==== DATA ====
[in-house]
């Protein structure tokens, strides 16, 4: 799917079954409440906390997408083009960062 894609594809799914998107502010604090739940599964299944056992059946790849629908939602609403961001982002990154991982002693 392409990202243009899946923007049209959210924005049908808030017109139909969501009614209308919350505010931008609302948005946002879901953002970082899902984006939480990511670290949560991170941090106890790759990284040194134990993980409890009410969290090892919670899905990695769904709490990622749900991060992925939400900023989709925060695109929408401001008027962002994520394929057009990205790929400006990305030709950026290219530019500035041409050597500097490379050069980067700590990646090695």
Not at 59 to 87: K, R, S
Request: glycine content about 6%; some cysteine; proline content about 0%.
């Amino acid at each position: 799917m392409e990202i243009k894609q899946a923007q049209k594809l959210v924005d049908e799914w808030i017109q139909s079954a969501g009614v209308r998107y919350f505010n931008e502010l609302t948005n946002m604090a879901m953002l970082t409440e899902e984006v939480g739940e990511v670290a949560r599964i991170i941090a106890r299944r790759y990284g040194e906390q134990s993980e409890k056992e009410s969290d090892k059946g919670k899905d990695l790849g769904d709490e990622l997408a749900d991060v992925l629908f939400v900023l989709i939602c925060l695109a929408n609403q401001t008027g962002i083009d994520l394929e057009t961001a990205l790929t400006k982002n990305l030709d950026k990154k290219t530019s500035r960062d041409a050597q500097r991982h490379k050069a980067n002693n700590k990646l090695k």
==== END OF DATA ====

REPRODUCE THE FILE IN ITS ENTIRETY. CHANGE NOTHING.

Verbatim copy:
[in-house]
């Protein structure tokens, strides 16, 4: 799917079954409440906390997408083009960062 894609594809799914998107502010604090739940599964299944056992059946790849629908939602609403961001982002990154991982002693 392409990202243009899946923007049209959210924005049908808030017109139909969501009614209308919350505010931008609302948005946002879901953002970082899902984006939480990511670290949560991170941090106890790759990284040194134990993980409890009410969290090892919670899905990695769904709490990622749900991060992925939400900023989709925060695109929408401001008027962002994520394929057009990205790929400006990305030709950026290219530019500035041409050597500097490379050069980067700590990646090695």
Not at 59 to 87: K, R, S
Request: glycine content about 6%; some cysteine; proline content about 0%.
């Amino acid at each position: 799917m392409e990202i243009k894609q899946a923007q049209k594809l959210v924005d049908e799914w808030i017109q139909s079954a969501g009614v209308r998107y919350f505010n931008e502010l609302t948005n946002m604090a879901m953002l970082t409440e899902e984006v939480g739940e990511v670290a949560r599964i991170i941090a106890r299944r790759y990284g040194e906390q134990s993980e409890k056992e009410s969290d090892k059946g919670k899905d990695l790849g769904d709490e990622l997408a749900d991060v992925l629908f939400v900023l989709i939602c925060l695109a929408n609403q401001t008027g962002i083009d994520l394929e057009t961001a990205l790929t400006k982002n990305l030709d950026k990154k290219t530019s500035r960062d041409a050597q500097r991982h490379k050069a980067n002693n700590k990646l090695k």